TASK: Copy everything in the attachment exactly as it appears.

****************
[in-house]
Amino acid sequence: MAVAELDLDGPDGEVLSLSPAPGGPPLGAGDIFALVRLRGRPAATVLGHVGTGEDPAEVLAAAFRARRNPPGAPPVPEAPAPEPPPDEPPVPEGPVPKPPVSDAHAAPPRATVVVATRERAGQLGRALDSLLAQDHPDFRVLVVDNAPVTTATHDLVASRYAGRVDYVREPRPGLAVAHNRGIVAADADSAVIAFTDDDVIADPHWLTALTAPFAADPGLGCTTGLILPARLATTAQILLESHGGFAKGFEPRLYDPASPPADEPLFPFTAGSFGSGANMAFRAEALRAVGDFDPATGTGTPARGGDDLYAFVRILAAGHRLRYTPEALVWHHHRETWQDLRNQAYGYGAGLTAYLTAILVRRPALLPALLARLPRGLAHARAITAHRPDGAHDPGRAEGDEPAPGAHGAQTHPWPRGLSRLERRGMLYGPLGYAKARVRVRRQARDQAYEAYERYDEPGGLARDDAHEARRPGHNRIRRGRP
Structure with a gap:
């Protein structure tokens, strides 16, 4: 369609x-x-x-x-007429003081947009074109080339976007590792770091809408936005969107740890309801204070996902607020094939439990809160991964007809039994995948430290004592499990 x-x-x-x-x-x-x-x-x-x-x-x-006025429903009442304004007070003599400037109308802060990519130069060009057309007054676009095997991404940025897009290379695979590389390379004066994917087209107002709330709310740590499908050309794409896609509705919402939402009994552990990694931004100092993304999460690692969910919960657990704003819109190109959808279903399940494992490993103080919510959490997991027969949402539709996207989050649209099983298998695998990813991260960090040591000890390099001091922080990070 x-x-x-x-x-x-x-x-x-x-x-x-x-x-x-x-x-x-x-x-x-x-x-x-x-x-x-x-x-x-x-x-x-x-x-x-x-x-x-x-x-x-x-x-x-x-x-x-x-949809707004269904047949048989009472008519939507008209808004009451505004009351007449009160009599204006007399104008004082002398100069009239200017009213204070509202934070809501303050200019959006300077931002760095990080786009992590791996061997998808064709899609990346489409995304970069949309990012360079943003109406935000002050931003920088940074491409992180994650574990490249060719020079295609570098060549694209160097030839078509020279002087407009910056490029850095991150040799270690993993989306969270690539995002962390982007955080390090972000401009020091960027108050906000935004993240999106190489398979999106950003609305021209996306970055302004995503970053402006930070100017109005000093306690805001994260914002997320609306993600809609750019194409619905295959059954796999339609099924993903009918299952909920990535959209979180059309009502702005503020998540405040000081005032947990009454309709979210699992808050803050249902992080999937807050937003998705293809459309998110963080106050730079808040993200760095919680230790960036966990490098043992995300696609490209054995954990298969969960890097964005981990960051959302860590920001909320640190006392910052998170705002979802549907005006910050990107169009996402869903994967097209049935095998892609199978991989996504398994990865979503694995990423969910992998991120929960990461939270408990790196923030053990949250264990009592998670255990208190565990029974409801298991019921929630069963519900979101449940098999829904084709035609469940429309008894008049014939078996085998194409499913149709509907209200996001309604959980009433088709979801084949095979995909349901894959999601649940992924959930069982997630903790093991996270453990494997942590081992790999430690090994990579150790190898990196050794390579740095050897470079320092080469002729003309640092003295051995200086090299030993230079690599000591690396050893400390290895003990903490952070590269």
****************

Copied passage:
[in-house]
Amino acid sequence: MAVAELDLDGPDGEVLSLSPAPGGPPLGAGDIFALVRLRGRPAATVLGHVGTGEDPAEVLAAAFRARRNPPGAPPVPEAPAPEPPPDEPPVPEGPVPKPPVSDAHAAPPRATVVVATRERAGQLGRALDSLLAQDHPDFRVLVVDNAPVTTATHDLVASRYAGRVDYVREPRPGLAVAHNRGIVAADADSAVIAFTDDDVIADPHWLTALTAPFAADPGLGCTTGLILPARLATTAQILLESHGGFAKGFEPRLYDPASPPADEPLFPFTAGSFGSGANMAFRAEALRAVGDFDPATGTGTPARGGDDLYAFVRILAAGHRLRYTPEALVWHHHRETWQDLRNQAYGYGAGLTAYLTAILVRRPALLPALLARLPRGLAHARAITAHRPDGAHDPGRAEGDEPAPGAHGAQTHPWPRGLSRLERRGMLYGPLGYAKARVRVRRQARDQAYEAYERYDEPGGLARDDAHEARRPGHNRIRRGRP
Structure with a gap:
């Protein structure tokens, strides 16, 4: 369609x-x-x-x-007429003081947009074109080339976007590792770091809408936005969107740890309801204070996902607020094939439990809160991964007809039994995948430290004592499990 x-x-x-x-x-x-x-x-x-x-x-x-006025429903009442304004007070003599400037109308802060990519130069060009057309007054676009095997991404940025897009290379695979590389390379004066994917087209107002709330709310740590499908050309794409896609509705919402939402009994552990990694931004100092993304999460690692969910919960657990704003819109190109959808279903399940494992490993103080919510959490997991027969949402539709996207989050649209099983298998695998990813991260960090040591000890390099001091922080990070 x-x-x-x-x-x-x-x-x-x-x-x-x-x-x-x-x-x-x-x-x-x-x-x-x-x-x-x-x-x-x-x-x-x-x-x-x-x-x-x-x-x-x-x-x-x-x-x-x-949809707004269904047949048989009472008519939507008209808004009451505004009351007449009160009599204006007399104008004082002398100069009239200017009213204070509202934070809501303050200019959006300077931002760095990080786009992590791996061997998808064709899609990346489409995304970069949309990012360079943003109406935000002050931003920088940074491409992180994650574990490249060719020079295609570098060549694209160097030839078509020279002087407009910056490029850095991150040799270690993993989306969270690539995002962390982007955080390090972000401009020091960027108050906000935004993240999106190489398979999106950003609305021209996306970055302004995503970053402006930070100017109005000093306690805001994260914002997320609306993600809609750019194409619905295959059954796999339609099924993903009918299952909920990535959209979180059309009502702005503020998540405040000081005032947990009454309709979210699992808050803050249902992080999937807050937003998705293809459309998110963080106050730079808040993200760095919680230790960036966990490098043992995300696609490209054995954990298969969960890097964005981990960051959302860590920001909320640190006392910052998170705002979802549907005006910050990107169009996402869903994967097209049935095998892609199978991989996504398994990865979503694995990423969910992998991120929960990461939270408990790196923030053990949250264990009592998670255990208190565990029974409801298991019921929630069963519900979101449940098999829904084709035609469940429309008894008049014939078996085998194409499913149709509907209200996001309604959980009433088709979801084949095979995909349901894959999601649940992924959930069982997630903790093991996270453990494997942590081992790999430690090994990579150790190898990196050794390579740095050897470079320092080469002729003309640092003295051995200086090299030993230079690599000591690396050893400390290895003990903490952070590269």